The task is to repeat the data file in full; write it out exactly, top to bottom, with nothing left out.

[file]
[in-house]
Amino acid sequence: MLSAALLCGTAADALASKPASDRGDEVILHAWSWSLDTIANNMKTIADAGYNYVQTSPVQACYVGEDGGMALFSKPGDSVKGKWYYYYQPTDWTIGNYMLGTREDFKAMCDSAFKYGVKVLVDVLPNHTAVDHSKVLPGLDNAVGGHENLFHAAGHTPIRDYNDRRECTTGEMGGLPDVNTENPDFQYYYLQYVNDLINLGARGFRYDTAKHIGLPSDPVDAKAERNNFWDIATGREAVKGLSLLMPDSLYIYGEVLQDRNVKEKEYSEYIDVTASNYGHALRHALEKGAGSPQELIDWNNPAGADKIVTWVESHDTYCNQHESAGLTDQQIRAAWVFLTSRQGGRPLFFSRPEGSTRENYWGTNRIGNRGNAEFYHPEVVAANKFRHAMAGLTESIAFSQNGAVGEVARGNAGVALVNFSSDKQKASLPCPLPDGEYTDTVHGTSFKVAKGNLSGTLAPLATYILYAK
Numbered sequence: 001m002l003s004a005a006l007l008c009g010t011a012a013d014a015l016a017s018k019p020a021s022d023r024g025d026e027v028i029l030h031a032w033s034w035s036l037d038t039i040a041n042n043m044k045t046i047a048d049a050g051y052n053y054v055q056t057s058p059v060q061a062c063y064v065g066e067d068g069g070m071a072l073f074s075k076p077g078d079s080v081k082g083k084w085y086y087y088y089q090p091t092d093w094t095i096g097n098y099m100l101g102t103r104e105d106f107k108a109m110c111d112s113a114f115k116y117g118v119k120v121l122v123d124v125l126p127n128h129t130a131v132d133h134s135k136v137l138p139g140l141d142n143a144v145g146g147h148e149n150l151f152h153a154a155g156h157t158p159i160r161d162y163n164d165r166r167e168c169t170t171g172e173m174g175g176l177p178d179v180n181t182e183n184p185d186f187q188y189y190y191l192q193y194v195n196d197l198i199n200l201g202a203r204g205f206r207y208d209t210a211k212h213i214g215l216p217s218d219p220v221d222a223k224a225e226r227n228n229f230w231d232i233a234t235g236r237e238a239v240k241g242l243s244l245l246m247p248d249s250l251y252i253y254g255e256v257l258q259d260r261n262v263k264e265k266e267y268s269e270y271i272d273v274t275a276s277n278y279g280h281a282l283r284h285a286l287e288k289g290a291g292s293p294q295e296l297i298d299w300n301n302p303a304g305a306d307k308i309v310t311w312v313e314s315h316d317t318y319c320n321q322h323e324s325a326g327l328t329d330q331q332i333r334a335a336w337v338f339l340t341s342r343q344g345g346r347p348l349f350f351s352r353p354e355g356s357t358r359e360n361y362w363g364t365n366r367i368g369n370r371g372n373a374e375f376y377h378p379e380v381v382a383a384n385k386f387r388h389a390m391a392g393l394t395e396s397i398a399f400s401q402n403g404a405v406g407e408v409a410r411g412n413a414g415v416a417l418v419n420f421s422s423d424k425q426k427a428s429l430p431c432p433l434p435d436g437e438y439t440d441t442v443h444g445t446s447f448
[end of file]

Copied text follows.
[in-house]
Amino acid sequence: MLSAALLCGTAADALASKPASDRGDEVILHAWSWSLDTIANNMKTIADAGYNYVQTSPVQACYVGEDGGMALFSKPGDSVKGKWYYYYQPTDWTIGNYMLGTREDFKAMCDSAFKYGVKVLVDVLPNHTAVDHSKVLPGLDNAVGGHENLFHAAGHTPIRDYNDRRECTTGEMGGLPDVNTENPDFQYYYLQYVNDLINLGARGFRYDTAKHIGLPSDPVDAKAERNNFWDIATGREAVKGLSLLMPDSLYIYGEVLQDRNVKEKEYSEYIDVTASNYGHALRHALEKGAGSPQELIDWNNPAGADKIVTWVESHDTYCNQHESAGLTDQQIRAAWVFLTSRQGGRPLFFSRPEGSTRENYWGTNRIGNRGNAEFYHPEVVAANKFRHAMAGLTESIAFSQNGAVGEVARGNAGVALVNFSSDKQKASLPCPLPDGEYTDTVHGTSFKVAKGNLSGTLAPLATYILYAK
Numbered sequence: 001m002l003s004a005a006l007l008c009g010t011a012a013d014a015l016a017s018k019p020a021s022d023r024g025d026e027v028i029l030h031a032w033s034w035s036l037d038t039i040a041n042n043m044k045t046i047a048d049a050g051y052n053y054v055q056t057s058p059v060q061a062c063y064v065g066e067d068g069g070m071a072l073f074s075k076p077g078d079s080v081k082g083k084w085y086y087y088y089q090p091t092d093w094t095i096g097n098y099m100l101g102t103r104e105d106f107k108a109m110c111d112s113a114f115k116y117g118v119k120v121l122v123d124v125l126p127n128h129t130a131v132d133h134s135k136v137l138p139g140l141d142n143a144v145g146g147h148e149n150l151f152h153a154a155g156h157t158p159i160r161d162y163n164d165r166r167e168c169t170t171g172e173m174g175g176l177p178d179v180n181t182e183n184p185d186f187q188y189y190y191l192q193y194v195n196d197l198i199n200l201g202a203r204g205f206r207y208d209t210a211k212h213i214g215l216p217s218d219p220v221d222a223k224a225e226r227n228n229f230w231d232i233a234t235g236r237e238a239v240k241g242l243s244l245l246m247p248d249s250l251y252i253y254g255e256v257l258q259d260r261n262v263k264e265k266e267y268s269e270y271i272d273v274t275a276s277n278y279g280h281a282l283r284h285a286l287e288k289g290a291g292s293p294q295e296l297i298d299w300n301n302p303a304g305a306d307k308i309v310t311w312v313e314s315h316d317t318y319c320n321q322h323e324s325a326g327l328t329d330q331q332i333r334a335a336w337v338f339l340t341s342r343q344g345g346r347p348l349f350f351s352r353p354e355g356s357t358r359e360n361y362w363g364t365n366r367i368g369n370r371g372n373a374e375f376y377h378p379e380v381v382a383a384n385k386f387r388h389a390m391a392g393l394t395e396s397i398a399f400s401q402n403g404a405v406g407e408v409a410r411g412n413a414g415v416a417l418v419n420f421s422s423d424k425q426k427a428s429l430p431c432p433l434p435d436g437e438y439t440d441t442v443h444g445t446s447f448